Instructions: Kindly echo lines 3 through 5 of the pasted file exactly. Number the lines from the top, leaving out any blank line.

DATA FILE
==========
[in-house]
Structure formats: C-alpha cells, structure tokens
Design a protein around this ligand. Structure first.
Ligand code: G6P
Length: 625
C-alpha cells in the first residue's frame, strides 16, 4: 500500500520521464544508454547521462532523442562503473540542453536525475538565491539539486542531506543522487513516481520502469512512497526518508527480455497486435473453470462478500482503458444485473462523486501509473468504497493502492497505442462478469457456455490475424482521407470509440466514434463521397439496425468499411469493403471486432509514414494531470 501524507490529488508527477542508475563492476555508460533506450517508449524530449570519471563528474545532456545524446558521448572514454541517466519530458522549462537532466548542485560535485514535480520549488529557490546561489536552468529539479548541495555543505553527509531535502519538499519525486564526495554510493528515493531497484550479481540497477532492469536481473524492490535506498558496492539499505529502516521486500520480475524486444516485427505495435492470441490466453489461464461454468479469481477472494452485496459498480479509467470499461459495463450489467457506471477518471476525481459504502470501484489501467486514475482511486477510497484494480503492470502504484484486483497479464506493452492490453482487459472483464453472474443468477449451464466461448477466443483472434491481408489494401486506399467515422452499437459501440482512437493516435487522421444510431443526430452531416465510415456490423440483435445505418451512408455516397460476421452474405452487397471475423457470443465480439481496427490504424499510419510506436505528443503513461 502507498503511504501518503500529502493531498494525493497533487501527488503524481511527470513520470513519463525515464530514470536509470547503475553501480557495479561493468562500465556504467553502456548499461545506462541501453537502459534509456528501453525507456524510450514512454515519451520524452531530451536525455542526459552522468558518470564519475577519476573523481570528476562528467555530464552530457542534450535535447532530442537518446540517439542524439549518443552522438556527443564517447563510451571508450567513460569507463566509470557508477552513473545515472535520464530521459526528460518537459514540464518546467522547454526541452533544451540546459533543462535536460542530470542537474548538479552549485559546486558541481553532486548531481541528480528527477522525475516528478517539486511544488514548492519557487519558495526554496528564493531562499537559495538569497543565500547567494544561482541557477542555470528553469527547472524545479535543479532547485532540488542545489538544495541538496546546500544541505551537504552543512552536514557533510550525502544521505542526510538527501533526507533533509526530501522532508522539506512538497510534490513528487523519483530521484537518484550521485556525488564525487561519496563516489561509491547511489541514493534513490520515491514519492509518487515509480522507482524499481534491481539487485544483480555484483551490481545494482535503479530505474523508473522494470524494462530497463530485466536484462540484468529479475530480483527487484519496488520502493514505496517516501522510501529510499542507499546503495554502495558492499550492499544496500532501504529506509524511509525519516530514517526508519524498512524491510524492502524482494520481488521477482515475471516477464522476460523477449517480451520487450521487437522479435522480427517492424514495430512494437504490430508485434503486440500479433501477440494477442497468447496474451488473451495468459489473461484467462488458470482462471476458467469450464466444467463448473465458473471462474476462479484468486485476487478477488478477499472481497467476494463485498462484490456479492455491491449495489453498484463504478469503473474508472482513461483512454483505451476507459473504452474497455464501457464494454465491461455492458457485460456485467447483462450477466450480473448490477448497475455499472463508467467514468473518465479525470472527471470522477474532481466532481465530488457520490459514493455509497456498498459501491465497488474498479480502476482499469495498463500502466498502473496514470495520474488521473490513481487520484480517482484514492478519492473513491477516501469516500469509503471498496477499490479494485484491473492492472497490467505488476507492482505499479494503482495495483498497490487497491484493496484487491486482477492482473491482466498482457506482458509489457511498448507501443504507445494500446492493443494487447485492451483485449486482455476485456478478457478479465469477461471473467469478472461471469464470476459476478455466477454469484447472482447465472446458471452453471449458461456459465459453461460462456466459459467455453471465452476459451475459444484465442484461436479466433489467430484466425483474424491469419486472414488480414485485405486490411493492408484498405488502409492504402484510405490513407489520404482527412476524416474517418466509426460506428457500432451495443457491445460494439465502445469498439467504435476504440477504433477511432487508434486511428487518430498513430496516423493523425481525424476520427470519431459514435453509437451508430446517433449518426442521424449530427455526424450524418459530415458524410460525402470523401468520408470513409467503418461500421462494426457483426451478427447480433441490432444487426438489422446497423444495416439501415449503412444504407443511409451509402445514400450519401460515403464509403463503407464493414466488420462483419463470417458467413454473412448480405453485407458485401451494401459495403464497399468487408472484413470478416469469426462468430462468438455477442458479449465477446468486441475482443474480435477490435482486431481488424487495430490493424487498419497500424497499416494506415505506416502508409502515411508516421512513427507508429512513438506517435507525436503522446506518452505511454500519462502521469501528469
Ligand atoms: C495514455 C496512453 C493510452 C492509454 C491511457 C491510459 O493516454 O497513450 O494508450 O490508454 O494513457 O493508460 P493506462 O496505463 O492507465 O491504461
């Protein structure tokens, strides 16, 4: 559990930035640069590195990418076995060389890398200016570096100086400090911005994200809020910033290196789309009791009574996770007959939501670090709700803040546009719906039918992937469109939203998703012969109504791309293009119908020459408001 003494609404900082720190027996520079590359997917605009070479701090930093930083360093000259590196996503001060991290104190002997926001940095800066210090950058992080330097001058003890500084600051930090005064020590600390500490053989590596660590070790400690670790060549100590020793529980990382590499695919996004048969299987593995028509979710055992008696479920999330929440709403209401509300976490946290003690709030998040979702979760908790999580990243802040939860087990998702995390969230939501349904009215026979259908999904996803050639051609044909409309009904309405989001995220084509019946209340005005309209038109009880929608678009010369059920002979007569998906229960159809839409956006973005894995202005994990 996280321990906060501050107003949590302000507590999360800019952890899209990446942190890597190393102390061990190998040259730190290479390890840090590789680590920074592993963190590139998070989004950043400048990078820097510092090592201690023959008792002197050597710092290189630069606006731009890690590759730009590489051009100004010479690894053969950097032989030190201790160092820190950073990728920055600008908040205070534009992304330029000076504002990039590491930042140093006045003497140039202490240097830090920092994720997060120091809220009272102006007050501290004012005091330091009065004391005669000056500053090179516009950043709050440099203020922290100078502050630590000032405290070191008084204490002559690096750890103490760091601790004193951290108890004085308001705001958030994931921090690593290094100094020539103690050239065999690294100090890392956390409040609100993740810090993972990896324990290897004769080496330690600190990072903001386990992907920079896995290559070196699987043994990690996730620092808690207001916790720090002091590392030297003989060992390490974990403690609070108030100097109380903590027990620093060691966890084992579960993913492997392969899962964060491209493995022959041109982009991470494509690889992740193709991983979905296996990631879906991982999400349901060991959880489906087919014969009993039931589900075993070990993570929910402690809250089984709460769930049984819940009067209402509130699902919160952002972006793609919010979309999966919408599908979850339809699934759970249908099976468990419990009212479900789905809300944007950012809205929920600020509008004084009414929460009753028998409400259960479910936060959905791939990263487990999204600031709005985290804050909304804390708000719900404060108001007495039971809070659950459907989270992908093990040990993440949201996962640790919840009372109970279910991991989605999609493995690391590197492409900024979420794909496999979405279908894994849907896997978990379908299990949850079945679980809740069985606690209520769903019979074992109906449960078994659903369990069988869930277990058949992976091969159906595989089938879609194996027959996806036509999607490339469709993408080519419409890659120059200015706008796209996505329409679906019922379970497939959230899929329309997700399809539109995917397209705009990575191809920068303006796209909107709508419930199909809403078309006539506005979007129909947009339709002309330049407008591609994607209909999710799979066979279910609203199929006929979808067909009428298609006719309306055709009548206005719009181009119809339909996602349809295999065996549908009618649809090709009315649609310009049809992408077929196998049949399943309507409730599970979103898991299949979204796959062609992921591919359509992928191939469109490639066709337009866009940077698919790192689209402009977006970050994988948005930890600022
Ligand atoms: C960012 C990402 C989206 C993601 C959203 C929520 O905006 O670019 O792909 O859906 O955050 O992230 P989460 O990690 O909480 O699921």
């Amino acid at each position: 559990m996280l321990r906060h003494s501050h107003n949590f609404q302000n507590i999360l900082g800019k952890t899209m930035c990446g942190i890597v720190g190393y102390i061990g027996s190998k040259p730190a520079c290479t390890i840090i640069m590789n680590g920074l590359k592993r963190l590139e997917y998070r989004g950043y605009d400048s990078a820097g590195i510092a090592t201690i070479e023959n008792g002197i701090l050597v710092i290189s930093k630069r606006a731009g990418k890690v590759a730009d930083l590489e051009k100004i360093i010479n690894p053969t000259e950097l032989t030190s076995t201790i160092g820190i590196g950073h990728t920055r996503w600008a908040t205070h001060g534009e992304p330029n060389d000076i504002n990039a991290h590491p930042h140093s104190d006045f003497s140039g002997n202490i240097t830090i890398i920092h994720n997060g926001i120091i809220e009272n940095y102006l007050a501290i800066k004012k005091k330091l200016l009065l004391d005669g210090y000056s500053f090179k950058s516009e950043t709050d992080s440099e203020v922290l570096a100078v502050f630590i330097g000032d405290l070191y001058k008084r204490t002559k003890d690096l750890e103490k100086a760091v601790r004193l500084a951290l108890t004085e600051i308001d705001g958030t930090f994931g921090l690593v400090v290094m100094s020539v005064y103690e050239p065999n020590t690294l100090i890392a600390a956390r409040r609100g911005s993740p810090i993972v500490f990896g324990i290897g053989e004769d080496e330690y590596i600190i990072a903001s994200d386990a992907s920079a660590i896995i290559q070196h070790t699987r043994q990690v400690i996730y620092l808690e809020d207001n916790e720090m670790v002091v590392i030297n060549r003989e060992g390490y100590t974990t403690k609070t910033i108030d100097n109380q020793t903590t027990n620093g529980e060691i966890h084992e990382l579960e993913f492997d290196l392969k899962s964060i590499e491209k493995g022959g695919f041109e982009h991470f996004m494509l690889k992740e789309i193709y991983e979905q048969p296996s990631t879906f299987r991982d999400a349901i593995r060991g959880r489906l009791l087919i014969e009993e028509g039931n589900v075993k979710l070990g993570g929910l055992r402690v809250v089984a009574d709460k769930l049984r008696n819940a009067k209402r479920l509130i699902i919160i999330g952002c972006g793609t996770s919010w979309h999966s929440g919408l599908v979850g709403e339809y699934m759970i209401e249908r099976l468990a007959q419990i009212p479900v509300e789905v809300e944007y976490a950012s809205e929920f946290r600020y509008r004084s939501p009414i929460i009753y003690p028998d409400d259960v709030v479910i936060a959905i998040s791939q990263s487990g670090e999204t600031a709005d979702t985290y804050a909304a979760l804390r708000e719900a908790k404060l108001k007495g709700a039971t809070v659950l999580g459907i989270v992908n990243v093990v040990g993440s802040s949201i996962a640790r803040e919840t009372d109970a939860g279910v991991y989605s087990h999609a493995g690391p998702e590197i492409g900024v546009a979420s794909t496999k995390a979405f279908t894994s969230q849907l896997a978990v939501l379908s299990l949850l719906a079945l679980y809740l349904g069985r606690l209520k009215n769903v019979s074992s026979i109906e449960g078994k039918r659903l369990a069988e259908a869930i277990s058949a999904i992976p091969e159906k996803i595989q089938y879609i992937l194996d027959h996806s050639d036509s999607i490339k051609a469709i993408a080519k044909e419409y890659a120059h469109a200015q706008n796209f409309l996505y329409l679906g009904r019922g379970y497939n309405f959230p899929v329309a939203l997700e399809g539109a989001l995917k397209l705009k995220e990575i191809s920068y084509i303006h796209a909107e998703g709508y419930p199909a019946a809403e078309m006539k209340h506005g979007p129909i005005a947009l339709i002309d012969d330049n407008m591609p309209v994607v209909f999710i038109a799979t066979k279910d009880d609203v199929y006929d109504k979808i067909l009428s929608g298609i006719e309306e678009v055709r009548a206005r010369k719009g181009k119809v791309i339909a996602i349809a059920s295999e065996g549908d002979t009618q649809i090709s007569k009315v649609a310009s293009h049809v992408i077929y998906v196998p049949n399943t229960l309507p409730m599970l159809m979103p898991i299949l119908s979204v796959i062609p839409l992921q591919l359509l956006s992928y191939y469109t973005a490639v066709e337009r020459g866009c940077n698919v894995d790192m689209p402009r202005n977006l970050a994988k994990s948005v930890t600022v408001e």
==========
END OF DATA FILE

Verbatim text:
Design a protein around this ligand. Structure first.
Ligand code: G6P
Length: 625